Thought to ponder…
“…be patient toward all that is unsolved in your heart and try to love the questions themselves like locked rooms and like books that are written in a very foreign tongue. Do not seek the answers which cannot be given you because you would not be able to live them. And the point is, to live everything. Live the questions now. Perhaps you will then gradually, without noticing it, live alone some distant day into the answer.”
Rainer Maria Rilke Letters To A Young Poet
The View from 30,000 feet
Last week’s market action was dominated by monitoring fallout of the banking system crisis and policy makers’ reactions. The Fed followed through with an anticipated 25 basis point hike and stepped down projections for further increases. Questioning was focused on if policy tools employed will be sufficient to stop the budding liquidity crisis from cascading into a solvency and confidence crisis. The banking crisis has changed the Fed’s reaction function, forcing them to balance the effects of tightening credit conditions in commercial banking system with the Fed’s hiking and quantitative tightening campaign. The Fed’s job for titrating policy measures and distribution of outcomes as broadened with the Fed, equity markets and fixed income markets each pricing different outcomes.
- Fed meeting with a different tone, and a familiar market reaction – not listening to the Fed
- Increased probability of a material slowdown, and a review of what it has historically meant for equity prices
- Are we on the path to 2008/2009 style credit crisis or something different?
- The most Frequently Asked Question from client’s this week: How will the Fed measure the impact on the banking system?
Fed meeting with a different tone, and a familiar market reaction – not listening to the Fed
Main themes of the Fed release and press conference:
- The policy statement contained an important shift from noting an environment where ongoing rate hikes will be appropriate to an environment where some additional policy firming may be appropriate.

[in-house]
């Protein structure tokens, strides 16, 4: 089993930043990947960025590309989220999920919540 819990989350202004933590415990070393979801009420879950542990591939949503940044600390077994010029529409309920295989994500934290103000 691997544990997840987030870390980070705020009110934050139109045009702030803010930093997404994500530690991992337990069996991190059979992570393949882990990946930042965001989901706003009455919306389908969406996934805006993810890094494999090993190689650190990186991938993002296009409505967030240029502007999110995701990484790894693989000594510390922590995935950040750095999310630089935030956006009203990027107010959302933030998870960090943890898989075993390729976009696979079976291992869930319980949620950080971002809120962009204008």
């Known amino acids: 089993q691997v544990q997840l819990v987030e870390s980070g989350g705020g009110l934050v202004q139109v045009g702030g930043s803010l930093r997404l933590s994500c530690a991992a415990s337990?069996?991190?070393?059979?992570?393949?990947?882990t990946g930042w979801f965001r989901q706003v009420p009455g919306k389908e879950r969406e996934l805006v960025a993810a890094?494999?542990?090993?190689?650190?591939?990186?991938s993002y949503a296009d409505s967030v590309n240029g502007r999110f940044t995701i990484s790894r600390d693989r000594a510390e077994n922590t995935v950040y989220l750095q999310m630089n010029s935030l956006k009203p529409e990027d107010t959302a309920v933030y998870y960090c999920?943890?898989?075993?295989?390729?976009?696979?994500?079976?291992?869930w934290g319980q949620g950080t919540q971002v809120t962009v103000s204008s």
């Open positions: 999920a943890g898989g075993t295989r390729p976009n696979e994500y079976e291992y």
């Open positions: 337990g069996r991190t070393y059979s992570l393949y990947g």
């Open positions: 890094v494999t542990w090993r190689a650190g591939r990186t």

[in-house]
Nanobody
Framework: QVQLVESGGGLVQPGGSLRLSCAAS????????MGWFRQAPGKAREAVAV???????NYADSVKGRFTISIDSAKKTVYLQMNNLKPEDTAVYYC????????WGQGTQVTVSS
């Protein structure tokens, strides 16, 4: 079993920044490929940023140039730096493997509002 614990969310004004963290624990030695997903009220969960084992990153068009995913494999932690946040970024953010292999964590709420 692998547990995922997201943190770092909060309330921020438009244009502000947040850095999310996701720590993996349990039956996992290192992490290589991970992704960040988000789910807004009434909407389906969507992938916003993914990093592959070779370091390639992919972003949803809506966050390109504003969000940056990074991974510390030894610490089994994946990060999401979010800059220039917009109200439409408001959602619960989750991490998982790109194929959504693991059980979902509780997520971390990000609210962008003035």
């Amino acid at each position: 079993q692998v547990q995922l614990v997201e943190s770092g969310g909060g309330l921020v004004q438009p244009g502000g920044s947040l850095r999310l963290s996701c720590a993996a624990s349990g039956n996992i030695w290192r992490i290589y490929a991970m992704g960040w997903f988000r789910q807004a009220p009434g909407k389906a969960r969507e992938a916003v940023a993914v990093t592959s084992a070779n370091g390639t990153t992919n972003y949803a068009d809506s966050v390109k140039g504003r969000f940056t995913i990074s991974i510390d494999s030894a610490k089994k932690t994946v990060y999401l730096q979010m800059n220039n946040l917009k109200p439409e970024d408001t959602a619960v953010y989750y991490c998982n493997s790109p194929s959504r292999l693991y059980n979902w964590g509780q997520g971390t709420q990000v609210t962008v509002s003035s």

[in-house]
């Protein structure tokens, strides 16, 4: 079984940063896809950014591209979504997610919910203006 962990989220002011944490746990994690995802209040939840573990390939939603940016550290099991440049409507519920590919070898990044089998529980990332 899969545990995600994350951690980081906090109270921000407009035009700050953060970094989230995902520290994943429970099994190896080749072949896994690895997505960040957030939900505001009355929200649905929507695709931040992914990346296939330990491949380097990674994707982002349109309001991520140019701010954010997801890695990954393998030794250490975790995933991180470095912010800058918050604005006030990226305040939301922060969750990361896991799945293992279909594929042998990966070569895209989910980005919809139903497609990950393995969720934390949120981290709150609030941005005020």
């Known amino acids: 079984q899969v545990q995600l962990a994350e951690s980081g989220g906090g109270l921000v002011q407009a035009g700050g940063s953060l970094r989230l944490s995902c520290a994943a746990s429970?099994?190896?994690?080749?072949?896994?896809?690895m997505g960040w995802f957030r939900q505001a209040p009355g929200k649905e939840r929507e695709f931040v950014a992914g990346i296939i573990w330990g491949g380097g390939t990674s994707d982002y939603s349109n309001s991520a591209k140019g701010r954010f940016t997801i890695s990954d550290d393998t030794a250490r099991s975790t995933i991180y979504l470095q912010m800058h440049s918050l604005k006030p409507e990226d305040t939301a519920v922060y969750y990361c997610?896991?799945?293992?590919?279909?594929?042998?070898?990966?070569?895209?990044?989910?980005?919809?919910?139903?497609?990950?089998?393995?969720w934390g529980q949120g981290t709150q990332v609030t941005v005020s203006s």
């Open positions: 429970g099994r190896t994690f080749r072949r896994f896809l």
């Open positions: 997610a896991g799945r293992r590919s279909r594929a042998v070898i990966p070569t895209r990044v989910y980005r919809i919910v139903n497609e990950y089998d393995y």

- Powell began and ended the press conference with the Fed’s focus – a commitment to return inflation to their long-run target of 2.0%. Indicating, they believe they have ringfenced the financial stability issue and will continue to emphasize the inflation crusade.
- Downgraded GDP projections and increased inflation projections. Indicating longer more difficult battle with inflation ahead.
- Highlighted that the Fed does not expect rate cuts this year. 17 out of 18 Fed Presidents expect further hikes this year.
- Acknowledged that the banking crisis will result in credit tightening that will act as substitute for rate hikes, lessening the need for path torates with a 6 handle, but noted that there is not enough data yet determine how much credit tightening will impact the economy.
- Admitted that the banking crisis and expected tighter credit conditions will make it more difficult to attain a soft landing.
- Did his best to reassure market participants that the Fed will safeguard deposits, without explicitly committing to guaranteeing assets.Market takeaways and focus from Fed statements
- Questioning was focused on gaining assurance of the Fed’s commitment to backstopping the banking system. Market reaction to Powell’s comments indicated satisfaction with his answers but simultaneously Yellen was giving testimony in front of Congress and stated there would no be “blanket” guarantees, which drove a selloff in risk assets.
- Although the Fed was clear that they have no intention of cutting rates in 2023, equity and fixed income markets have priced alternative scenarios, with Fed Fund futures pricing 75 basis points of rate cuts in 2023 and 125 basis point of cuts in 2024.Bottom line
- The financial markets are expecting a slowdown, disinflation and rates cuts beginning in Q2 2023, counter to Fed policy guidance.
- Equities are staging a rally based on rate cut expectations but may not be adequately reflecting the impact of the slowdown on earningsshould the slowdown transpire.